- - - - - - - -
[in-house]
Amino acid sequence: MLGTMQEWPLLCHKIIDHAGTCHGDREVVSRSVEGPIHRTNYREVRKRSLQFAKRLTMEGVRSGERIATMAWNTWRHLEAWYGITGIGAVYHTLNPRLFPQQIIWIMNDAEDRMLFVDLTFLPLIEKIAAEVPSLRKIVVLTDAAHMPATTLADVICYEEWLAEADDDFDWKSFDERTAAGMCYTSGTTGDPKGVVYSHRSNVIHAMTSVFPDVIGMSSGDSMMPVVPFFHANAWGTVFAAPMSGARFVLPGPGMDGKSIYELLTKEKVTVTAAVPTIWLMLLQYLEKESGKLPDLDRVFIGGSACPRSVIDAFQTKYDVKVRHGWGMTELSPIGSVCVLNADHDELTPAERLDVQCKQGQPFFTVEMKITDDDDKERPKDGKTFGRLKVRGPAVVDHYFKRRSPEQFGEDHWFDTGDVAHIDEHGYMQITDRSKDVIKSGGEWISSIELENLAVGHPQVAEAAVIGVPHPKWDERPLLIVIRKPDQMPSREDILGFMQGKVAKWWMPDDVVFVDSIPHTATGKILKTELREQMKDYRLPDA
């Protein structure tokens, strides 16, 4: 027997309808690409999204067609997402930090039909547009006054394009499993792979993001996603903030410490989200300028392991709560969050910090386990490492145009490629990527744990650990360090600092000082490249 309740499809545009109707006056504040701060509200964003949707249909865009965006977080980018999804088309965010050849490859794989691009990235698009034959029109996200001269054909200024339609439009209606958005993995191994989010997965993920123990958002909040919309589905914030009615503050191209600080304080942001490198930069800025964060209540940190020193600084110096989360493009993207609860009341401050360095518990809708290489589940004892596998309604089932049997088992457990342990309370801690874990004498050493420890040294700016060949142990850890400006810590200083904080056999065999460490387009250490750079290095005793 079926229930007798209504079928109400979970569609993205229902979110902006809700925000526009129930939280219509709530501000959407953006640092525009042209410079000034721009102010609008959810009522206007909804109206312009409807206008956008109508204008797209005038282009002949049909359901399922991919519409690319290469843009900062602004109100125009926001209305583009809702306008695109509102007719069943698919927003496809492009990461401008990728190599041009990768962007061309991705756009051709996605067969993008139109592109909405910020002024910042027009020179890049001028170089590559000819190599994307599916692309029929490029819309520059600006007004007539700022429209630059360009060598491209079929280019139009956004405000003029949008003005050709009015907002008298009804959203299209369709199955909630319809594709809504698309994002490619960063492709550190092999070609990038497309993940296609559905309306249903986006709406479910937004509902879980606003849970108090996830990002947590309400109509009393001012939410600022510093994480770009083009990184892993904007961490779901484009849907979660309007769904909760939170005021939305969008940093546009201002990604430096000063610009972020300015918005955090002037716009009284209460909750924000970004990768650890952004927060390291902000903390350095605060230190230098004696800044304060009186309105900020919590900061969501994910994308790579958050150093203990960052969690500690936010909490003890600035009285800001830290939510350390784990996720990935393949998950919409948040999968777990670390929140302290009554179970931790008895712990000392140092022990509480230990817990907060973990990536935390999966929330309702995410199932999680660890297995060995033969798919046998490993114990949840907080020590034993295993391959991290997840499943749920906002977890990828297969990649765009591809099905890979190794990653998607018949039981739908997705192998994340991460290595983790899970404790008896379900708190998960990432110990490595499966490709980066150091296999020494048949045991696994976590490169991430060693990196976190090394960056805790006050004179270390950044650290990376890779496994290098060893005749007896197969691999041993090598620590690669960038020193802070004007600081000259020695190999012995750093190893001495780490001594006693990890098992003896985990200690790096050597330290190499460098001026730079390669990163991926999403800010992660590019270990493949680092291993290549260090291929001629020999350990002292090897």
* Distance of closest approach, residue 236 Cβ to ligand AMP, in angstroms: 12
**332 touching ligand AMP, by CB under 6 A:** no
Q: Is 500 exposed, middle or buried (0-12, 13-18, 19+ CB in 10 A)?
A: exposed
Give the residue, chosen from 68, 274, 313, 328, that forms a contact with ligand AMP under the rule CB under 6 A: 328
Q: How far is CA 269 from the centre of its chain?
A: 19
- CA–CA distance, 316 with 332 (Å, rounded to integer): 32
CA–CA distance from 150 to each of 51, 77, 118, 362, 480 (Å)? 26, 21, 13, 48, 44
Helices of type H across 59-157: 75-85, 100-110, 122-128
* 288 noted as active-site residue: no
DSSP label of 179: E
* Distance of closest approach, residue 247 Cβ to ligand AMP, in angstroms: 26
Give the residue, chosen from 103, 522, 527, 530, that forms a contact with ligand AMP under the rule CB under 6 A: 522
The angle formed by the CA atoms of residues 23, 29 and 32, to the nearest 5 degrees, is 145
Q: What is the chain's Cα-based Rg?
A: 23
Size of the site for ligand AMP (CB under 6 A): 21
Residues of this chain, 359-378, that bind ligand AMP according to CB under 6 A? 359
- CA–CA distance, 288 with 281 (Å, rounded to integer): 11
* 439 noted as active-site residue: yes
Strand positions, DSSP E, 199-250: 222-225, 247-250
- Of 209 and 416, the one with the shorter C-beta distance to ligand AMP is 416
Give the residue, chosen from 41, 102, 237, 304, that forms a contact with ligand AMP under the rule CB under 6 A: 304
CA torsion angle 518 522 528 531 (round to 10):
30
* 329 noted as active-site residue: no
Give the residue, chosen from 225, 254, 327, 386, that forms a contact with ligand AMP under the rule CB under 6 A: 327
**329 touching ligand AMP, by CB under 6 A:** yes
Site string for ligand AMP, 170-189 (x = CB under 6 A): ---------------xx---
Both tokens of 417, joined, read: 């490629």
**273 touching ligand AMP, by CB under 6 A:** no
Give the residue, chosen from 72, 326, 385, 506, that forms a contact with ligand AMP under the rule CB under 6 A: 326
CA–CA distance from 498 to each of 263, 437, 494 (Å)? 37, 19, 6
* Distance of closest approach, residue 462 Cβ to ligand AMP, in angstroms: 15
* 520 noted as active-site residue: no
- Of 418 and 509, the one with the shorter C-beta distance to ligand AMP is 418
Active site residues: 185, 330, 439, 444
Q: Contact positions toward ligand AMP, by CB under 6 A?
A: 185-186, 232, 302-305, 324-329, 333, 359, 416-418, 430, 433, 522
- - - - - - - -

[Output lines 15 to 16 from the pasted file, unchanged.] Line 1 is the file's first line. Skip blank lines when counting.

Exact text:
DSSP label of 179: E
* Distance of closest approach, residue 247 Cβ to ligand AMP, in angstroms: 26